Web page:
Hilbert matrices are positive definite

(Argument stolen from Yahoo Answers)

It can be seen by using its integral form:

\displaystyle H_{ij} = \int_0^1 dx\,x^{i+j-2}

Then we can express the positive definite condition as

\displaystyle \sum_{i,j} x_i H_{ij} x_j > 0

for \mathbf{x} \ne 0.

Replacing and operating:

\displaystyle \sum_{i,j} x_i \int_0^1 du\,u^{i+j-2} x_j = \int_0^1 du \sum_{i,j} x_i u^{i+j-2} x_j

\displaystyle = \int_0^1 du \sum_{i,j} x_i u^{i-1} x_j u^{j-1}

\displaystyle = \int_0^1 du \sum_i x_i u^{i-1} \sum_j x_j u^{j-1}

\displaystyle = \int_0^1 du \left( \sum_i x_i u^{i-1} \right) \left( \sum_j x_j u^{j-1} \right)

\displaystyle = \int_0^1 du \left( \sum_i x_i u^{i-1} \right)^2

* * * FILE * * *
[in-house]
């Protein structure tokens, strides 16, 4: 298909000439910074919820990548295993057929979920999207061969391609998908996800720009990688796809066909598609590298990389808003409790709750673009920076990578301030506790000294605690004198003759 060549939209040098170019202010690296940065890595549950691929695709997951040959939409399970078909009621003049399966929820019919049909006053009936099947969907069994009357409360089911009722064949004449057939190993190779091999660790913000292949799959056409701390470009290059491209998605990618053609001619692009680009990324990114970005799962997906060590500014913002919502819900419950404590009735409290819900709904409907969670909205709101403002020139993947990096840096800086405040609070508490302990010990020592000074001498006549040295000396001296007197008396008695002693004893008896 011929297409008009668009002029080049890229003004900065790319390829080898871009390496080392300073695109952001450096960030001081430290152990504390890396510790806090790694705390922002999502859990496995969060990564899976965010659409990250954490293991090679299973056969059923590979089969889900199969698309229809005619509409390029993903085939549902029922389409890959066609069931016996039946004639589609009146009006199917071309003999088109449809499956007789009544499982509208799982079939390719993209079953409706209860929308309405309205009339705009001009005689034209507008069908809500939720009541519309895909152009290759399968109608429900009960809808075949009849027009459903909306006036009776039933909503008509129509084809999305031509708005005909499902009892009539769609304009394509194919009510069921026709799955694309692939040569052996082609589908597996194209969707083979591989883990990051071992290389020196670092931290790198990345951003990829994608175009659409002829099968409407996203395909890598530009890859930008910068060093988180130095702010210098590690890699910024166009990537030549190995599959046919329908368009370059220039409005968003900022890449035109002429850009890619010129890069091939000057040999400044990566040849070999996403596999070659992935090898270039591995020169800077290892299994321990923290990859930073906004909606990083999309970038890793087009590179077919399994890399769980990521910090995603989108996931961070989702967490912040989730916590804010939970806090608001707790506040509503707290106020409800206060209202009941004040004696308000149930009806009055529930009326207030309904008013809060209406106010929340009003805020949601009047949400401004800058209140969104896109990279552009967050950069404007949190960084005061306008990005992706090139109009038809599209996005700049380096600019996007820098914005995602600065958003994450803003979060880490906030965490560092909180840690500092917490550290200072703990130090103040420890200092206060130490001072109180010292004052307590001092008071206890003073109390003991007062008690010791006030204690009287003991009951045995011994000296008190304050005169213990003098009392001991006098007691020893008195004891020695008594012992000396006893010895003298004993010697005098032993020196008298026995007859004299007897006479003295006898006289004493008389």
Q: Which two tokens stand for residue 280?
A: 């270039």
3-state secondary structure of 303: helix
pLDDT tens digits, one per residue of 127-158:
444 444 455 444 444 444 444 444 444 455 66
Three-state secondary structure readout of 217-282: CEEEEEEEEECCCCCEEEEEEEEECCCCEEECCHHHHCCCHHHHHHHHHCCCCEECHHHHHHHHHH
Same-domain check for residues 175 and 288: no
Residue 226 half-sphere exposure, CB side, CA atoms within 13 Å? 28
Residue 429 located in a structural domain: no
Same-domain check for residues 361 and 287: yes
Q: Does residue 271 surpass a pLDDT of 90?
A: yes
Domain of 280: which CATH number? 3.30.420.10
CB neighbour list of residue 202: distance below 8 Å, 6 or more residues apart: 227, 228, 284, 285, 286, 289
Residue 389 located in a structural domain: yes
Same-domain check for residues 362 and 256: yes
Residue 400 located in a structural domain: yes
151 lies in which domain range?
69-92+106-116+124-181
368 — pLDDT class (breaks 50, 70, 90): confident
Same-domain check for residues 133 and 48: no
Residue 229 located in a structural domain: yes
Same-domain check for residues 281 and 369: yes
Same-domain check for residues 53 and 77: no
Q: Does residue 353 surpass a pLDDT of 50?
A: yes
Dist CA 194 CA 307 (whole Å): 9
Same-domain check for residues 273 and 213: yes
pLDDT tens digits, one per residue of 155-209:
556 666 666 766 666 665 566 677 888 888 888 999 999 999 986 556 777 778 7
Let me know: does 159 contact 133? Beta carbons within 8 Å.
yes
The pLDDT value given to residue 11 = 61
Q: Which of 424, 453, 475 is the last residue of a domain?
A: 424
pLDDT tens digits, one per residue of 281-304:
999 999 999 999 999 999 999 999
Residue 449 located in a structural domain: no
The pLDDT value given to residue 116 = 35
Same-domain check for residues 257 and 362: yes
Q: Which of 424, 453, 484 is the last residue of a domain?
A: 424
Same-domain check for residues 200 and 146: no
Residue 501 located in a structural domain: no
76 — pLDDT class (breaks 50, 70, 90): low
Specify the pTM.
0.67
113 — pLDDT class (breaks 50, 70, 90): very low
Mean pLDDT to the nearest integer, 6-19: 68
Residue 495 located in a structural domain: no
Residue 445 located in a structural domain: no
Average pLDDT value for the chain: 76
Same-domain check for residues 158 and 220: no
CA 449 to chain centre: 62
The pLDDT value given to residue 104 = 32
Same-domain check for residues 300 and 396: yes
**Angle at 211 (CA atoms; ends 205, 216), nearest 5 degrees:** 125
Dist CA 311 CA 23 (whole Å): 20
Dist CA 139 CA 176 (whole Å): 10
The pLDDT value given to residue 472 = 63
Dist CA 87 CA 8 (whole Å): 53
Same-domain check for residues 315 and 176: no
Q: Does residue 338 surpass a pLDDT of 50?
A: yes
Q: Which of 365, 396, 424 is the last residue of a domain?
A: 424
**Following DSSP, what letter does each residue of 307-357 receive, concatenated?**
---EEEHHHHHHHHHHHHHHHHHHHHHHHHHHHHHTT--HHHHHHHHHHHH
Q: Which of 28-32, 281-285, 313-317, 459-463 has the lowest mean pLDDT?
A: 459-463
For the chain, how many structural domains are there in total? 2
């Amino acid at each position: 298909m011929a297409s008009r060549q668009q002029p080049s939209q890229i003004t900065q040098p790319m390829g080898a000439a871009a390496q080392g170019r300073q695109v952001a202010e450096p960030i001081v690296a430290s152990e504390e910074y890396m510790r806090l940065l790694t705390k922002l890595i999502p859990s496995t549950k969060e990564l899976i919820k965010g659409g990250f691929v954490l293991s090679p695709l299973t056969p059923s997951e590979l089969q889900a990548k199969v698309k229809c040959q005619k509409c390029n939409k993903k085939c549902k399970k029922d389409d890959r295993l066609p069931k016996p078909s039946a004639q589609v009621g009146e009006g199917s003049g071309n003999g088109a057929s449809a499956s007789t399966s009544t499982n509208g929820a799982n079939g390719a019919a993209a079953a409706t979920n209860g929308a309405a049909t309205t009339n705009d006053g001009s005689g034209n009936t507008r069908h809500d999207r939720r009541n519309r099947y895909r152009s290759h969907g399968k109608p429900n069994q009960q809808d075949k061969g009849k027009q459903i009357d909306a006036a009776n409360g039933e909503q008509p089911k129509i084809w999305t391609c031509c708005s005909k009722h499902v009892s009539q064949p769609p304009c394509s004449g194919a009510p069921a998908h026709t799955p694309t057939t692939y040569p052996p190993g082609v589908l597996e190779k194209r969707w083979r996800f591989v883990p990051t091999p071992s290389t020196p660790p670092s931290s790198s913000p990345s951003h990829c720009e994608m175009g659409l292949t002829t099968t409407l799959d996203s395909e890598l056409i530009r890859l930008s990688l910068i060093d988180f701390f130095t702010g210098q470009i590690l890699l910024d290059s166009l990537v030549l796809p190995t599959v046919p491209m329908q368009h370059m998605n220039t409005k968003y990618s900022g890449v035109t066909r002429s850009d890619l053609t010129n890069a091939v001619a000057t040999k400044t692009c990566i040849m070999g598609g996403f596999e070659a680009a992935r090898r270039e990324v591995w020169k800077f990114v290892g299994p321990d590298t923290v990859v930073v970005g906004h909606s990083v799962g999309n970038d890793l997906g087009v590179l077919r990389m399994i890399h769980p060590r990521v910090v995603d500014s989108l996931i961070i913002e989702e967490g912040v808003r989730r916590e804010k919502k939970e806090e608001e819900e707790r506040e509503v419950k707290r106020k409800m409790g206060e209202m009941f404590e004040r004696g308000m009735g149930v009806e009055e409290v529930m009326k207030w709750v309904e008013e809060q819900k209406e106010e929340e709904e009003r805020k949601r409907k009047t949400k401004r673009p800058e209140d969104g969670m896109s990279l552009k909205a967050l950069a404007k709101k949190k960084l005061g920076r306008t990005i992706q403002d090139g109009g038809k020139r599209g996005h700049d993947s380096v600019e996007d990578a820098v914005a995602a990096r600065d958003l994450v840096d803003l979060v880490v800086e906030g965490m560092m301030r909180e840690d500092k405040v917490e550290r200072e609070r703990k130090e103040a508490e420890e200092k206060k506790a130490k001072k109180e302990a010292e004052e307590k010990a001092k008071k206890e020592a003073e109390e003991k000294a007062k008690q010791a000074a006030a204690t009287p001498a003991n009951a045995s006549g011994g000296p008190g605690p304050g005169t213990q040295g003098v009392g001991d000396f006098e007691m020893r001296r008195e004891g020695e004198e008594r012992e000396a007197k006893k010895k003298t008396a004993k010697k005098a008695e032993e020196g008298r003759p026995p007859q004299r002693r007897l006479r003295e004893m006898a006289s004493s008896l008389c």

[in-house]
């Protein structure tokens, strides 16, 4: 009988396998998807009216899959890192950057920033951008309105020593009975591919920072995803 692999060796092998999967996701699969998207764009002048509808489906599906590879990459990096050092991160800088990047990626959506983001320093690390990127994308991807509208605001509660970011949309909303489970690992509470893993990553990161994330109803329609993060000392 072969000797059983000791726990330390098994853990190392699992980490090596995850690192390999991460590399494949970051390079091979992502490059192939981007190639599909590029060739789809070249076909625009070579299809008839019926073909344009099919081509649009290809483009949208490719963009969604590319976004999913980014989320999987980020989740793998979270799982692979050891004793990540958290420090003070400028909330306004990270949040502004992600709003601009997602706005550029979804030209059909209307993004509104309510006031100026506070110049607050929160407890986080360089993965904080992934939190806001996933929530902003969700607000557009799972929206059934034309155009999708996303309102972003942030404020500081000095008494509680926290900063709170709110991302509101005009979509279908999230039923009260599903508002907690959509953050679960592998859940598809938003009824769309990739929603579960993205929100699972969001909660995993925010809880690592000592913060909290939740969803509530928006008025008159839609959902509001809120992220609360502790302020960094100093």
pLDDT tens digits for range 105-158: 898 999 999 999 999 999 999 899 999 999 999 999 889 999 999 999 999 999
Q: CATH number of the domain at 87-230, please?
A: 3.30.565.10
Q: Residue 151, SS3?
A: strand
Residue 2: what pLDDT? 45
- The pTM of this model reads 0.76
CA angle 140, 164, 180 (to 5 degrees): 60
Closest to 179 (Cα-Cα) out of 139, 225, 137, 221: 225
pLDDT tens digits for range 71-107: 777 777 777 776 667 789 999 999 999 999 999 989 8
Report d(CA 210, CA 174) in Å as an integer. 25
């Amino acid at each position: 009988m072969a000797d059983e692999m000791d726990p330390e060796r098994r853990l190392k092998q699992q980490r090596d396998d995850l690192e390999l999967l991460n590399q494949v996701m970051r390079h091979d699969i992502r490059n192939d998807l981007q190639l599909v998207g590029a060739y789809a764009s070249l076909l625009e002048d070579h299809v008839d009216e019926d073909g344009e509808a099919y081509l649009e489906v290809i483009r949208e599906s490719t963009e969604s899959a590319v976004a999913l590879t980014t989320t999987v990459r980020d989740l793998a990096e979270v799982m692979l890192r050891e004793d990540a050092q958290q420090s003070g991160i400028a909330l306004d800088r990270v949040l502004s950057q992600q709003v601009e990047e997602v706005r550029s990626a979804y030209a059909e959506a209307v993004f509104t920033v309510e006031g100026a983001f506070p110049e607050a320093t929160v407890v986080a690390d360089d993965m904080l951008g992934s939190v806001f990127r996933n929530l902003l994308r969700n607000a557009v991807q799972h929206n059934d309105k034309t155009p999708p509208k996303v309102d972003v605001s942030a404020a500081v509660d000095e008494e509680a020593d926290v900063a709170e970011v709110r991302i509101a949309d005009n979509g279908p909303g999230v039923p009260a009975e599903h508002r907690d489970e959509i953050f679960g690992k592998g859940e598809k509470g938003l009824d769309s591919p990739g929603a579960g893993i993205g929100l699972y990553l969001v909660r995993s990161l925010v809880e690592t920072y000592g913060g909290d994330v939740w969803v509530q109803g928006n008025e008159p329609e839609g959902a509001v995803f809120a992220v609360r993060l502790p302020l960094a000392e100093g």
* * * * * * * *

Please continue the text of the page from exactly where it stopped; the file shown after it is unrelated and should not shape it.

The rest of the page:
The term inside the parentheses is just a (polynomial) function of u:

\displaystyle = \int_0^1 du\,p(u)^2

The only way the integral can be zero is if p(u) is identically zero:

\displaystyle \sum_i x_i u^{i-1} = 0 \implies \forall i: x_i = 0.

QED

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One thought on “Hilbert matrices are positive definite

  1. Axel says:

    Great demonstration!

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